I have a question regarding the pricing of convertible bond.

If I value the convertible bond with two different underlying assets, how can I incorporate two volatility and the correlation in the model?

So far, I can find the reference of setting up the binomial model as in P.160 to P. 162 in Peter James - Options Theory. However, this binomial model is applied to price options and I am not sure whether I can use the binomial model to price convertible bonds as well.

Also, if one of the underlying is non-listed company and the other is listed company, how can I assess the correlation between that non-listed company and the listed company? If two companies are listed companies, I can easily compute the correlation of the stocks based on historical price data. On the other hand, it is different story if one of the company is non-listed. In addition, if the non-listed company is the subsidary of the listed company, how can I assess the correlation between such non-listed company and the listed company?

Finally, is there any reference to describe the pricing of convertible bond with two different underlying assets?


  • $\begingroup$ You'll get a better-quality answer if you are more specific about the terms and conditions (T&C) of the bond. In particular, if the holder chooses to convert, is the mixture of assets the conversion happens into determined by the holder, the issuer, or a formula? $\endgroup$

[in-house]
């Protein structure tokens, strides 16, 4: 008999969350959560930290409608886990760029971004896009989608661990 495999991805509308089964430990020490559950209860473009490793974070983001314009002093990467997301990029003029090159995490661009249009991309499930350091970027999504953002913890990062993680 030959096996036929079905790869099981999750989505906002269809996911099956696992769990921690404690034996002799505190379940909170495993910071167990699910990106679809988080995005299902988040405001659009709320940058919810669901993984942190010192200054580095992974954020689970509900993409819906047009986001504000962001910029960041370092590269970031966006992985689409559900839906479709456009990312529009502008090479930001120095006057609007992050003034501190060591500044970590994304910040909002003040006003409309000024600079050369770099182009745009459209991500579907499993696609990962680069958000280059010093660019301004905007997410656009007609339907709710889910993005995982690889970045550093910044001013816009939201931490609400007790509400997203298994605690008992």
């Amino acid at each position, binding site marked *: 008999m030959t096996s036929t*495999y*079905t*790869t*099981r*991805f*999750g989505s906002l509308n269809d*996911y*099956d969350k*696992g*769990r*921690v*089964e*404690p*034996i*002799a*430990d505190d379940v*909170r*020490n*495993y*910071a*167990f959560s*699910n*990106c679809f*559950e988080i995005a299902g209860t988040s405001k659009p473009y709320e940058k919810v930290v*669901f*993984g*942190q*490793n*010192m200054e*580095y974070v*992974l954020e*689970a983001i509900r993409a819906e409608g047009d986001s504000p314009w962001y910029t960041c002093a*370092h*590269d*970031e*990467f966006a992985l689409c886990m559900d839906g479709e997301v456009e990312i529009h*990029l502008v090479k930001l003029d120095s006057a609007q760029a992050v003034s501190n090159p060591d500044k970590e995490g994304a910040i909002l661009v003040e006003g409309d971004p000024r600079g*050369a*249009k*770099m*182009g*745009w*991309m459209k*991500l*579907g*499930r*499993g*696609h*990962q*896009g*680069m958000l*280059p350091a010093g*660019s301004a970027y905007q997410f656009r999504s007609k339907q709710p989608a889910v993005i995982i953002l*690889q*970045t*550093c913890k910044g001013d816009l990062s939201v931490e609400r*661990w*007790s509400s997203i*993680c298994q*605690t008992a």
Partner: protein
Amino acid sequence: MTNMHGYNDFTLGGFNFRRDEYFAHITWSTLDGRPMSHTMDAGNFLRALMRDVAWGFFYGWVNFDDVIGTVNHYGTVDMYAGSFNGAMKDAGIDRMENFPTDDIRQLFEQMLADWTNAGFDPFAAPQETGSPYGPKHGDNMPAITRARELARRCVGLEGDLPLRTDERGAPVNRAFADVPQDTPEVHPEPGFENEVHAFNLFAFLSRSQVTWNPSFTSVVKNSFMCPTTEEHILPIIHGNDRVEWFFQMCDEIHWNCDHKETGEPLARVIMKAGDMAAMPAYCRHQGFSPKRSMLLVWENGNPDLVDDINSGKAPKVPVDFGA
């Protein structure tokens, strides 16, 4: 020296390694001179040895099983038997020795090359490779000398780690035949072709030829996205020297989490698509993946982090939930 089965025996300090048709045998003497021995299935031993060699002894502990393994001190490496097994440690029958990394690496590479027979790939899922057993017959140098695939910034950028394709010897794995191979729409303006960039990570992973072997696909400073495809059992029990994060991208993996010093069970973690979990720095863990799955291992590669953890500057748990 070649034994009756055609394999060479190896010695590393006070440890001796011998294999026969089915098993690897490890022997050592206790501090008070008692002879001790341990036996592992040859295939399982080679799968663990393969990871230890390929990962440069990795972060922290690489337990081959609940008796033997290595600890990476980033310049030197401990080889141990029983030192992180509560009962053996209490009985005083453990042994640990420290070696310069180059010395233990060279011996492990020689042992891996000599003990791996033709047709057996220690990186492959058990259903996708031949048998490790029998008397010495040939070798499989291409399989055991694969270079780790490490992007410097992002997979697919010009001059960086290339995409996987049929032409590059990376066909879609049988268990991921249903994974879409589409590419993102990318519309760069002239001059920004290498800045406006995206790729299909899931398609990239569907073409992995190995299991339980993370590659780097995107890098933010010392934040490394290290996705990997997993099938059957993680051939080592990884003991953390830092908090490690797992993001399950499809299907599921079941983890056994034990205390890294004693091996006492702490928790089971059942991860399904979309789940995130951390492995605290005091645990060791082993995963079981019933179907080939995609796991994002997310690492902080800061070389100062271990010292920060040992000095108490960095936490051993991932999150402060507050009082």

– Brian B
    Apr 25, 2014 at 13:26
  • $\begingroup$ How does the conversion work for the private company? What is the strike based on? $\endgroup$
    – PBD10017
    Apr 26, 2014 at 5:34
  • $\begingroup$ To PBD10017: If the strike price is fixed, so how can I value the CB? Thanks. $\endgroup$
    – Dennis
    Apr 27, 2014 at 7:51
  • $\begingroup$ Dennis, you can definitely use a binomial tree to value the optional component of the bond. However you're not saying how the conversion works. I see two alternatives 1) you convert into a portfolio of two companies or 2) you have a choice into which you convert. Both have solutions. You also don't mention how the price of the non-listed company is determined. It would be really helpful to know this so we can give you a meaningful response. $\endgroup$
    – PBD10017
    Apr 28, 2014 at 12:49
  • $\begingroup$ For the correlation component, if you don't have historical stocks, you could go on some estimate based on average correlations in the sector, or liken them to similar companies that are listed... $\endgroup$
    – will
    Oct 9, 2016 at 9:40

1 Answer 1


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